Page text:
Tsaritsyno Park: Trilingual navigation, squirrel feed, and plenty more
Over 500 signposts, notice boards, and maps in Russian, English and Chinese will be distributed throughout the park. Some of these will have QR codes for audio-guides. Mirror kiosks blending with the environment and two vending machines with squirrel and duck feed will complete the picture.
The Tsaritsyno Museum Reserve under the auspices of Moscow’s Department of Culture has upgraded its navigation system, adding over 500 information carriers – signposts, horizontal maps, information stands and 2.5m x 1.5m maps of the park – in Russian, English and Chinese.
The new navigation system will make it easier for visitors, including foreign tourists, to find their bearings in the 220-hectare park. The QR codes on some of the signposts, information stands and maps will activate audio-guide stories on the park’s history.
Buildings bear information plaques; alleys are equipped with stands featuring the park’s schedule and internal behaviour rules. There are 2.5m x 1.5m detailed maps of the park at its seven entrances, each one graced with the museum’s logo – the capital letter E in sunrays. Yet another innovation includes four coffee and three souvenir mirror kiosks in the park’s central area. These are faced with panels that reflect the surrounding landscapes.
Nearly 40 ice-cream and soft-drink carts, which are scattered all over the park, are designed in the same way.
There are vending machines near the Dam Gate and the Intercession Gate for those wishing to feed the squirrels or the waterfowl. The former are offered hazel-nuts and sunflower seeds, the latter – a mixture of processed cereals, lime dust and bran.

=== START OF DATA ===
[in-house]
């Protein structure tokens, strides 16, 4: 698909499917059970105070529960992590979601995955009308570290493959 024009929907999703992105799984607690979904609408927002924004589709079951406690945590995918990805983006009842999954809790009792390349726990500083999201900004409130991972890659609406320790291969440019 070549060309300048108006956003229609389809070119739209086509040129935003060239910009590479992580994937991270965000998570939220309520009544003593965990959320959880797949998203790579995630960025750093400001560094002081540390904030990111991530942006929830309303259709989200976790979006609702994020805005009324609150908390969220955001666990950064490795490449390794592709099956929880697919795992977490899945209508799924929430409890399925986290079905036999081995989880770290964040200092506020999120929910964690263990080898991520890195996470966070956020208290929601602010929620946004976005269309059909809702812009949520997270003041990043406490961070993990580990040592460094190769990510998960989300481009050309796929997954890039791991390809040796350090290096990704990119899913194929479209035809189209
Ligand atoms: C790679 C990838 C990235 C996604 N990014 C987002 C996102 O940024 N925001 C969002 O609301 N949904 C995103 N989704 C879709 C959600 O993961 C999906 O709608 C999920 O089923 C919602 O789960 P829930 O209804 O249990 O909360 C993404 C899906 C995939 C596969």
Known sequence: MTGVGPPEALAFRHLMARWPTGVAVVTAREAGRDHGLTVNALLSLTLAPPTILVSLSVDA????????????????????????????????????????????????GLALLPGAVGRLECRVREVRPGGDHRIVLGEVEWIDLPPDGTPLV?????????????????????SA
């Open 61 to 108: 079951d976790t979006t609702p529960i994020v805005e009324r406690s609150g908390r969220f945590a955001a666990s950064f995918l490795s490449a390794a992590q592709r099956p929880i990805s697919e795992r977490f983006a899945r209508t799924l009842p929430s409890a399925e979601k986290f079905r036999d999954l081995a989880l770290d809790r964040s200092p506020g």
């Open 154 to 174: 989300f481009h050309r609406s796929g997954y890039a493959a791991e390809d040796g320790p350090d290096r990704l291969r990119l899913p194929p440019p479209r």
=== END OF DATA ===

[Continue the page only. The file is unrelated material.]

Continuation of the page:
With its 780 parks, Moscow has been recognized as one of the world’s greenest cities. Trees and shrubs cover over a half of Moscow’s old territory, and parks multiply with each passing year. For example, the 10.2-hectare Zaryadye Park opened near the Kremlin in central Moscow last year, showcasing a northern landscape, meadows, the steppe, and central Russian landscapes (a mixed, conifer, and littoral forest, a birch wood, etc.). A garden in Bolshoi Spasoglinishchevsky Pereulok that has replaced a piece of waste land is another case in point. The facility has a dry fountain, a rotunda with an amphitheatre, summerhouses, benches, children’s playgrounds plus sports grounds.
The existing green zones are being upgraded in all parts of the city. For example, restoration work has come to a close at the 50th Anniversary of October Revolution Park in western Moscow, which now has volleyball, basketball, badminton and table tennis grounds as well as outdoor fitness equipment. The Garden of the Future Park has been refurbished in north-eastern Moscow. Laid out on the former Leonovo Estate, it boasts elements of 18th and 19th-century park architecture as well as modern grounds for relaxing and recreation.